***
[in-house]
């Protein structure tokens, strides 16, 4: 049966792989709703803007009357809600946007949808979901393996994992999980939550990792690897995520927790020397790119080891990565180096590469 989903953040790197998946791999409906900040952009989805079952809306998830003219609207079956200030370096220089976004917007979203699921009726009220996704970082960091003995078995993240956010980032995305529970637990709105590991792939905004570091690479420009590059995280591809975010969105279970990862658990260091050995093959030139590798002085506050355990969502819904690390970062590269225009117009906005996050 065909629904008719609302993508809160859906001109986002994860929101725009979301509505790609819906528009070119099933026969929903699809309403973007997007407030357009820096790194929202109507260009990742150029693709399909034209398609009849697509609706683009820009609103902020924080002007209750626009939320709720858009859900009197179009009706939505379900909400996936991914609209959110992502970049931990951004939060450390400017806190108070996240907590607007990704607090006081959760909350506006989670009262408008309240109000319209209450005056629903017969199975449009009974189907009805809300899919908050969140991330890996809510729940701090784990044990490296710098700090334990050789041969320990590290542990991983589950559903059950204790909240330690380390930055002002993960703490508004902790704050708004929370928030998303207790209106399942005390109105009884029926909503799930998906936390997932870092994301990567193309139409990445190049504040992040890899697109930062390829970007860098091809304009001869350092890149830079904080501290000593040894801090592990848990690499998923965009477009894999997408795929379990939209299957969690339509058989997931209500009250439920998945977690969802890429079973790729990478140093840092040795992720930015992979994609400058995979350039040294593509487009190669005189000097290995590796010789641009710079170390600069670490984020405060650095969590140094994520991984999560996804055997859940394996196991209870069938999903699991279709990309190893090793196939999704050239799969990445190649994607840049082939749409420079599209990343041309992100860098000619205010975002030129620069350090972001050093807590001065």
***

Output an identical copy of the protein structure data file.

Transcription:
[in-house]
């Protein structure tokens, strides 16, 4: 049966792989709703803007009357809600946007949808979901393996994992999980939550990792690897995520927790020397790119080891990565180096590469 989903953040790197998946791999409906900040952009989805079952809306998830003219609207079956200030370096220089976004917007979203699921009726009220996704970082960091003995078995993240956010980032995305529970637990709105590991792939905004570091690479420009590059995280591809975010969105279970990862658990260091050995093959030139590798002085506050355990969502819904690390970062590269225009117009906005996050 065909629904008719609302993508809160859906001109986002994860929101725009979301509505790609819906528009070119099933026969929903699809309403973007997007407030357009820096790194929202109507260009990742150029693709399909034209398609009849697509609706683009820009609103902020924080002007209750626009939320709720858009859900009197179009009706939505379900909400996936991914609209959110992502970049931990951004939060450390400017806190108070996240907590607007990704607090006081959760909350506006989670009262408008309240109000319209209450005056629903017969199975449009009974189907009805809300899919908050969140991330890996809510729940701090784990044990490296710098700090334990050789041969320990590290542990991983589950559903059950204790909240330690380390930055002002993960703490508004902790704050708004929370928030998303207790209106399942005390109105009884029926909503799930998906936390997932870092994301990567193309139409990445190049504040992040890899697109930062390829970007860098091809304009001869350092890149830079904080501290000593040894801090592990848990690499998923965009477009894999997408795929379990939209299957969690339509058989997931209500009250439920998945977690969802890429079973790729990478140093840092040795992720930015992979994609400058995979350039040294593509487009190669005189000097290995590796010789641009710079170390600069670490984020405060650095969590140094994520991984999560996804055997859940394996196991209870069938999903699991279709990309190893090793196939999704050239799969990445190649994607840049082939749409420079599209990343041309992100860098000619205010975002030129620069350090972001050093807590001065």